To those of us who observed Ailes from the outside, this comes as a shock, despite multiple reports that Rupert Murdoch and his sons wanted the network chief out. He was a skilled infighter who over the years had survived numerous internal fights against powerful foes in the News Corp/21st Century Fox universe.
Fox host Gretchen Carlson's sexual harassment allegation brought about the end of his career. (It should be noted that accusations of sexual harassment have floated around Ailes for decades.)
The impact of this moment cannot be overstated. In 2010, at a meeting with progressive donors, I watched a very senior Democratic media consultant tell the audience, "Roger Ailes is a Republican operative with a news network. Give me $100 million and I can build the same thing."
This was not true.
The operative underestimated the raw talent and ability Ailes brought to the task.
He didn't just create the behemoth of Fox News, running the network outside of Murdoch's control. Ailes shaped the way we consumed cable news, sometimes at a granular level. The ubiquitous news crawl at the bottom of your television screen? That was a September 11, 2001, Fox News innovation.
Ponder this for a moment: What is the longest-running show on MSNBC?
It was Ailes who put the show and it's host Chris Matthews on air when he ran America's Talking, the precursor network to MSNBC.
In the early 1990s, Ailes built CNBC into the dominant business cable television network.
In the 1960s, Ailes rose from production assistant on the Mike Douglas Show to become its executive producer, as it bloomed from a local variety show to one of the most watched shows in America.
The Mike Douglas Show green room was where he met Richard Nixon and launched his political career.
It is this combination of talents that has led to the incredible power of Fox News and the damage Roger Ailes has wreaked on our country for nearly 50 years. His late friend Joe McGinniss, author of "Selling the President," a book about the 1968 campaign, said of Ailes in 2014: "From Richard Nixon to Rupert Murdoch, I think everyone he's ever worked for has harmed this country in some way. I also think Fox News is an excrescence. And Roger knows that."
Ailes' most common tactic has been to use race as a weapon to divide the American people. In 1968 McGinniss himself quoted Ailes musing before a televised Nixon event, "You know what I'd like? As long as we've got this extra spot open. A good, mean, Wallaceite cab driver. Wouldn't that be great? Some guy to sit there and say, 'Alwright mac, what about these n**gers.'"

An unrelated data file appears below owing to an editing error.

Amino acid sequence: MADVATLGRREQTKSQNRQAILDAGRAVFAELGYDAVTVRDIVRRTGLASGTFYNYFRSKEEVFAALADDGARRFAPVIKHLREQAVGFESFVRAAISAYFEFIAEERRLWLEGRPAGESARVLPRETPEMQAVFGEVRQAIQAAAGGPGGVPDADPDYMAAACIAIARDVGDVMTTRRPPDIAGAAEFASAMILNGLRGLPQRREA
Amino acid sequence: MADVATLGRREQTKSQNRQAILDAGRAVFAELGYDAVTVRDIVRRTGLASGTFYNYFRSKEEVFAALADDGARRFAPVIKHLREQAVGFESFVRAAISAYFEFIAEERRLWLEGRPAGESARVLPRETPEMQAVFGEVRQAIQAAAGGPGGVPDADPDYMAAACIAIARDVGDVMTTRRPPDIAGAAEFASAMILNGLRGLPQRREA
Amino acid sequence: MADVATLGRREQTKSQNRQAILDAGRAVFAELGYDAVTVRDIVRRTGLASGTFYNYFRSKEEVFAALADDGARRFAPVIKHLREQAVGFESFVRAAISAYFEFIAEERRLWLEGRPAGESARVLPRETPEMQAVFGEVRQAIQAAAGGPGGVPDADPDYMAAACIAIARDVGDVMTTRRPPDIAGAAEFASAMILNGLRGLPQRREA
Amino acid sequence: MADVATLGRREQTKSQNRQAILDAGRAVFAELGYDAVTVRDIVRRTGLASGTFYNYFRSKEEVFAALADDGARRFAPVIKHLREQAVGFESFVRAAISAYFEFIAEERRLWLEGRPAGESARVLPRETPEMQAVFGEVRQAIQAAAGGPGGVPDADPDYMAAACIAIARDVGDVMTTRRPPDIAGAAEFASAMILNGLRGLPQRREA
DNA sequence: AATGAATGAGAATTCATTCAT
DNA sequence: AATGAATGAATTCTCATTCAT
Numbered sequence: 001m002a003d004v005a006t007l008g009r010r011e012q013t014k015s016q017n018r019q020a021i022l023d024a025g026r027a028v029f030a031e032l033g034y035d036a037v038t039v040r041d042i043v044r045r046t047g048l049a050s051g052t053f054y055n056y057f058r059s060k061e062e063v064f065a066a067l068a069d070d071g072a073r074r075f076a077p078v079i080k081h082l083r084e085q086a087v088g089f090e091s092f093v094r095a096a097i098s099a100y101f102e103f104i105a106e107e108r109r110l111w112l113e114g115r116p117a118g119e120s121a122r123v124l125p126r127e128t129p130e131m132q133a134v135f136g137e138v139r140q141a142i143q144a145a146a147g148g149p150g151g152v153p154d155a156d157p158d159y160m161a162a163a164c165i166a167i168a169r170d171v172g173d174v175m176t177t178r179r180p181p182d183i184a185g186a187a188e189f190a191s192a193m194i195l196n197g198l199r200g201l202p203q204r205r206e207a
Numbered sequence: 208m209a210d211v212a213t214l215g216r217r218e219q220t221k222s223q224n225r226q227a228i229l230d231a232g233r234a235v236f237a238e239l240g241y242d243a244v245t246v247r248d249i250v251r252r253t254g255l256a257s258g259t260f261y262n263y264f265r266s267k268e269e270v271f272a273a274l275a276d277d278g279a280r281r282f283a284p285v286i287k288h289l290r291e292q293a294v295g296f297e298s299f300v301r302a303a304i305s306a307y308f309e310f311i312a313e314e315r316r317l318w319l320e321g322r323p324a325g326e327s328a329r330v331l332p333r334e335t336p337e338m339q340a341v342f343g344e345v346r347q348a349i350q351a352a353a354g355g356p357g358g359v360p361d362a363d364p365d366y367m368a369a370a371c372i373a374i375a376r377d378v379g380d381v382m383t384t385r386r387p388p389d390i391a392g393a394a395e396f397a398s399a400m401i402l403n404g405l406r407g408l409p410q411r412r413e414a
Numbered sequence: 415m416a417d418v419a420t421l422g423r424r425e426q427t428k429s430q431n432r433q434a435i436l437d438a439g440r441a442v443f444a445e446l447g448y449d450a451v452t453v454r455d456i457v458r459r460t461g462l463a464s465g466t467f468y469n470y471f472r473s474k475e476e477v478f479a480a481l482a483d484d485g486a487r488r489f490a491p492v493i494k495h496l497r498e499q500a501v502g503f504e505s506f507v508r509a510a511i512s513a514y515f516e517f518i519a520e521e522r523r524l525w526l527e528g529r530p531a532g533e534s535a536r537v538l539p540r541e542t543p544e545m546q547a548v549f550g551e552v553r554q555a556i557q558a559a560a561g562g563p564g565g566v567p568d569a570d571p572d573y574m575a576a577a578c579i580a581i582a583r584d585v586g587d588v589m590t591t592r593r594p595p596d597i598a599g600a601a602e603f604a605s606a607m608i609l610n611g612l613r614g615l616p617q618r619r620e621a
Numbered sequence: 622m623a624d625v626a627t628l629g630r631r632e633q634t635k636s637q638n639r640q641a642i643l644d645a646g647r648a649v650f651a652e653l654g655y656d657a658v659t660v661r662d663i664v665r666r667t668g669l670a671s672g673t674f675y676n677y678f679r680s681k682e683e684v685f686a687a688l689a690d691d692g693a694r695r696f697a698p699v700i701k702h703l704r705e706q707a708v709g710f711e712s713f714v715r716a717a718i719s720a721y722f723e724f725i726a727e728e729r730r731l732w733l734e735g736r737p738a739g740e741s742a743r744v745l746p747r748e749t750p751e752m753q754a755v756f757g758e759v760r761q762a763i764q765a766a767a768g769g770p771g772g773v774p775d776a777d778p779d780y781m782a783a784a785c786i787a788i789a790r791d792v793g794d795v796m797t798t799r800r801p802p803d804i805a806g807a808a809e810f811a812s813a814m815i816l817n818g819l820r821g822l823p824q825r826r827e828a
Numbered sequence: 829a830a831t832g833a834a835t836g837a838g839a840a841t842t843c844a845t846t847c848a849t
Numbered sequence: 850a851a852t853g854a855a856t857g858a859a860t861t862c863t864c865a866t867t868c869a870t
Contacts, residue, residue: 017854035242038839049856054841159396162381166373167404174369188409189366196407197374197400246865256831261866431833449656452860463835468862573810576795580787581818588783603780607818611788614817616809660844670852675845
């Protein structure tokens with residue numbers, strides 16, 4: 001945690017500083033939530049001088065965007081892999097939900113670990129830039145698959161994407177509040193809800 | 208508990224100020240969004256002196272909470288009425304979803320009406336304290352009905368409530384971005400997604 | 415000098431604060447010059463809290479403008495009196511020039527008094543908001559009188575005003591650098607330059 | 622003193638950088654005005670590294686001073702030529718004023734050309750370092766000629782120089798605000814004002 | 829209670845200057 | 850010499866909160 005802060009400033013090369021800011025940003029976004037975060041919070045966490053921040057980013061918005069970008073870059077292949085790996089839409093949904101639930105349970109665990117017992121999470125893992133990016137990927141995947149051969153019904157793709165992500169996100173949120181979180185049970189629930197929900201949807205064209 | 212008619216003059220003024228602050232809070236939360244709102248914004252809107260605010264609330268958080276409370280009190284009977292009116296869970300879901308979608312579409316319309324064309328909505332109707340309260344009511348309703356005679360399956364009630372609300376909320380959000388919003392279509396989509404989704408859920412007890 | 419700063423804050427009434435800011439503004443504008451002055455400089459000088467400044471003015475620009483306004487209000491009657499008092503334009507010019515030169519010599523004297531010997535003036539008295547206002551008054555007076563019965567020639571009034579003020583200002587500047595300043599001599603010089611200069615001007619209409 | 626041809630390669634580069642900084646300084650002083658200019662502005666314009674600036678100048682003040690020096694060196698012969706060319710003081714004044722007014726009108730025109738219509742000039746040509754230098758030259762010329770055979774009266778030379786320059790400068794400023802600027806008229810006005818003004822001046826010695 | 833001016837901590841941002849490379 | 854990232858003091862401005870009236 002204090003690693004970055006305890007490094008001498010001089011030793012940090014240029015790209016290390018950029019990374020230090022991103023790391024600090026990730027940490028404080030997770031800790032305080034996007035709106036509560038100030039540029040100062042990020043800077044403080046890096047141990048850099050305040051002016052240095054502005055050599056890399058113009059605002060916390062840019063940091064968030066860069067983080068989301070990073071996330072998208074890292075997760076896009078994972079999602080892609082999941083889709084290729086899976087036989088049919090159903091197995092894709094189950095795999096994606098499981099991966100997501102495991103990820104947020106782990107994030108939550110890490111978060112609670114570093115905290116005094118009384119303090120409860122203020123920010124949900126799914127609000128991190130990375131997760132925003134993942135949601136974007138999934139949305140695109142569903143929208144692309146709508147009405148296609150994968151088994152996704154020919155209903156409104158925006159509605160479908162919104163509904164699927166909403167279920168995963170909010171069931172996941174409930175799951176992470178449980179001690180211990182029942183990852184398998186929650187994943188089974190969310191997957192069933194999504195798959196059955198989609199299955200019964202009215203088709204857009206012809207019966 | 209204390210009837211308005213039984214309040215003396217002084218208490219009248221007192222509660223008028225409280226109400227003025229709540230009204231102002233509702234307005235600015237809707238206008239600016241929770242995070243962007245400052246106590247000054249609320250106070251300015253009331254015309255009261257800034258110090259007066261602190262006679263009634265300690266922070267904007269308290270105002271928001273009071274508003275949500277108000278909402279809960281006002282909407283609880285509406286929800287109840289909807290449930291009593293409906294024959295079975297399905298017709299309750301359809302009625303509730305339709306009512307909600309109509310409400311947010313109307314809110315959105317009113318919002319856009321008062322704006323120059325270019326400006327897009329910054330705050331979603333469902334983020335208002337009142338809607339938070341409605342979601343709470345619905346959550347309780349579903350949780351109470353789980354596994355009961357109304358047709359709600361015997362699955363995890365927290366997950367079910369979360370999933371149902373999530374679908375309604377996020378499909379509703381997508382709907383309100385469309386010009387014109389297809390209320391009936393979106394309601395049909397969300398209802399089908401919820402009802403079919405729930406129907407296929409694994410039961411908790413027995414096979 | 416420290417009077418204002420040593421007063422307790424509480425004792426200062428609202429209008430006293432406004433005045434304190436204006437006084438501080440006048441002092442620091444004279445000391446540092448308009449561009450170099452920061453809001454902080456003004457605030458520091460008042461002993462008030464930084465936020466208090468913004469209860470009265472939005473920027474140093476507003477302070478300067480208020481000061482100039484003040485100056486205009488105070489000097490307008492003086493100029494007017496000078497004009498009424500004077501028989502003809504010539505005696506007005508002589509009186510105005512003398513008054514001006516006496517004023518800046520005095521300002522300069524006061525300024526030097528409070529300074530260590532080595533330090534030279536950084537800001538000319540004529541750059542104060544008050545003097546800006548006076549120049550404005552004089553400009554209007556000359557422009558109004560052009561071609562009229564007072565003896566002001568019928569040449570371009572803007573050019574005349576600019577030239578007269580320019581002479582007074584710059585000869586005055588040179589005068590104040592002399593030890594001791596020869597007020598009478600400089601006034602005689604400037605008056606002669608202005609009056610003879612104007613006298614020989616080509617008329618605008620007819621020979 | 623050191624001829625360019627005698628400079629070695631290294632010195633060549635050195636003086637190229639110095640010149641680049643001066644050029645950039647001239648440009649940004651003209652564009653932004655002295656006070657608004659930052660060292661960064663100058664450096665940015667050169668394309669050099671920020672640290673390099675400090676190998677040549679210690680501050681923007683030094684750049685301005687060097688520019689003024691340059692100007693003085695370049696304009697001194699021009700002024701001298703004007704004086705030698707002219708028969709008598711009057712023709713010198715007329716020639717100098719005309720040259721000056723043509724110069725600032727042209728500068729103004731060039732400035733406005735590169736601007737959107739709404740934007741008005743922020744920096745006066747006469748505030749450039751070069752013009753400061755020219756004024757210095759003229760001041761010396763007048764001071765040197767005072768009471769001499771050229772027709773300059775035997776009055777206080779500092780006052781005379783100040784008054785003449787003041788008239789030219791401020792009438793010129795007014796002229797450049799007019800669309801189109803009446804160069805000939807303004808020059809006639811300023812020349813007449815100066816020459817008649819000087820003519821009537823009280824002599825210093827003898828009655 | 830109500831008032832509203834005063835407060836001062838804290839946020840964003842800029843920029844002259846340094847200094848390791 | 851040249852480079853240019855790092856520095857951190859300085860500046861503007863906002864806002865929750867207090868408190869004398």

During George H.W. Bush's 1988 campaign, he remarked to a reporter, "The only question is whether we depict Willie Horton with a knife in his hand or without it."
And while denying he had anything to do with the infamous ad, Ailes' testimony before the FECrevealed how he thinks about race and politics:
Q: Did the Bush committee have any policy about not using Mr. Horton's photograph?
A: I have no knowledge of that. I personally rejected the use of Mr. Horton in the advertisement.
Q: How is that?
A: A young researcher brought me a picture of him sometime and I tore it up and threw it in the wastebasket and said we're not going to do that.
Q And why is that?
A: I knew the issue would backlash because of the liberal media.
Q: And what was that about?
A: When Republicans see Willie Horton they see a criminal, and when Democrats see Willie Horton they see a black.
Later, running Rudy Giuliani's first mayoral campaign, he used similar tactics in an attempt to pit the black and Jewish communities of New York against each other.
During the Obama administration, Fox News never missed a chance to use minorities to scare its predominantly elderly, white audience. Bill O'Reilly mused openly on air that Rev. Jeremiah Write was Willie Horton "times a thousand." As I've previously written, "That was the beginning of an almost endless list of divisive racial controversies stoked by Fox - Shirley Sherrod, the New Black Panther Party, and Glenn Beck's statement that Obama was a racist. Each of these was designed specifically to scare white voters away from the President."
Roger Ailes also represented the paranoid streak that infests the Right, from the Trump campaign to Glenn Beck. As I reported in the book I coauthored with David Brock, "The Fox Effect: How Roger Ailes Turned A Network Into A Propoganda Machine":
From the paranoid rants about the creeping threats of communism to odd comparisons between mainstream political leaders and Nazis, Glenn Beck gave voice to some of Ailes's deepest fears about the Obama presidency. In October 2009, Obama adviser David Axelrod was interviewed during the First Draft of History conference, hosted by The Atlantic magazine. Addressing the polarization that was infecting political discourse, Axelrod mentioned a conversation he had once with a "significant figure on the right" -- later revealed to be Roger Ailes -- who tried to explain to him why conservatives were suspicious of the president.
Ailes told Axelrod he believed Obama wanted to form a national police force, based on a twenty-one-second clip from a speech where the president proposed a civilian force that would complement the military in providing humanitarian aid around the world. Axelrod quoted Ailes telling him, "You can understand why that has people very nervous. This has shades of Nazism."
For the last three decades Roger Ailes has been a central force in our media. His departure from Fox News won't change the network overnight, but the absence of Ailes will have an immeasurable impact, not just on Fox News but the entire media landscape.
Roger Ailes will go down in history as one of the most talented television producers ever, but his entire career has been an excrescence.